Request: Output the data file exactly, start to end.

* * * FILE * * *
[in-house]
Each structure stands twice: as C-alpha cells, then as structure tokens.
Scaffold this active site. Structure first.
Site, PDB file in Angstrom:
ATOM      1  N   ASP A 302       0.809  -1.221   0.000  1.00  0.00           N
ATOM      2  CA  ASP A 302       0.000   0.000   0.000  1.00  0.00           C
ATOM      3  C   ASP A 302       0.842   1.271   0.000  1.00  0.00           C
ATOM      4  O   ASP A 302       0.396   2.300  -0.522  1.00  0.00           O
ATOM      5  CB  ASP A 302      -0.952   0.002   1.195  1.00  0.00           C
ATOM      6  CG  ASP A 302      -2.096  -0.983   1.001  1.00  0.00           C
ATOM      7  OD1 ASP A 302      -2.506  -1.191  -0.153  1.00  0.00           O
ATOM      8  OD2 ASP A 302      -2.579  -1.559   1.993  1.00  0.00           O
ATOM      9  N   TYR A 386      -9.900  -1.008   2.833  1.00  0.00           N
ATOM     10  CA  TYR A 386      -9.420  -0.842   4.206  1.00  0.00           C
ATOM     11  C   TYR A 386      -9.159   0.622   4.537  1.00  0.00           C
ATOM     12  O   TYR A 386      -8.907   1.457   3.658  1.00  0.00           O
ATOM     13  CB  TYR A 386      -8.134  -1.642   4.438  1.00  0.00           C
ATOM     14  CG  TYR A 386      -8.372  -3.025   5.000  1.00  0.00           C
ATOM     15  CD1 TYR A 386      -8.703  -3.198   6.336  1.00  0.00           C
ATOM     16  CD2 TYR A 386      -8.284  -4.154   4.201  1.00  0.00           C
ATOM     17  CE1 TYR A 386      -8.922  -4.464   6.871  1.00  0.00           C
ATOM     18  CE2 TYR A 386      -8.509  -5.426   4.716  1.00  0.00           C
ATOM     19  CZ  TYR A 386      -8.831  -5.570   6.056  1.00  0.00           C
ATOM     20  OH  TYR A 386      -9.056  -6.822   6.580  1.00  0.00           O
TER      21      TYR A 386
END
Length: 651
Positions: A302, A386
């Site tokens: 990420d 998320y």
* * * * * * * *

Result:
[in-house]
Each structure stands twice: as C-alpha cells, then as structure tokens.
Scaffold this active site. Structure first.
Site, PDB file in Angstrom:
ATOM      1  N   ASP A 302       0.809  -1.221   0.000  1.00  0.00           N
ATOM      2  CA  ASP A 302       0.000   0.000   0.000  1.00  0.00           C
ATOM      3  C   ASP A 302       0.842   1.271   0.000  1.00  0.00           C
ATOM      4  O   ASP A 302       0.396   2.300  -0.522  1.00  0.00           O
ATOM      5  CB  ASP A 302      -0.952   0.002   1.195  1.00  0.00           C
ATOM      6  CG  ASP A 302      -2.096  -0.983   1.001  1.00  0.00           C
ATOM      7  OD1 ASP A 302      -2.506  -1.191  -0.153  1.00  0.00           O
ATOM      8  OD2 ASP A 302      -2.579  -1.559   1.993  1.00  0.00           O
ATOM      9  N   TYR A 386      -9.900  -1.008   2.833  1.00  0.00           N
ATOM     10  CA  TYR A 386      -9.420  -0.842   4.206  1.00  0.00           C
ATOM     11  C   TYR A 386      -9.159   0.622   4.537  1.00  0.00           C
ATOM     12  O   TYR A 386      -8.907   1.457   3.658  1.00  0.00           O
ATOM     13  CB  TYR A 386      -8.134  -1.642   4.438  1.00  0.00           C
ATOM     14  CG  TYR A 386      -8.372  -3.025   5.000  1.00  0.00           C
ATOM     15  CD1 TYR A 386      -8.703  -3.198   6.336  1.00  0.00           C
ATOM     16  CD2 TYR A 386      -8.284  -4.154   4.201  1.00  0.00           C
ATOM     17  CE1 TYR A 386      -8.922  -4.464   6.871  1.00  0.00           C
ATOM     18  CE2 TYR A 386      -8.509  -5.426   4.716  1.00  0.00           C
ATOM     19  CZ  TYR A 386      -8.831  -5.570   6.056  1.00  0.00           C
ATOM     20  OH  TYR A 386      -9.056  -6.822   6.580  1.00  0.00           O
TER      21      TYR A 386
END
Length: 651
Positions: A302, A386
């Site tokens: 990420d 998320y």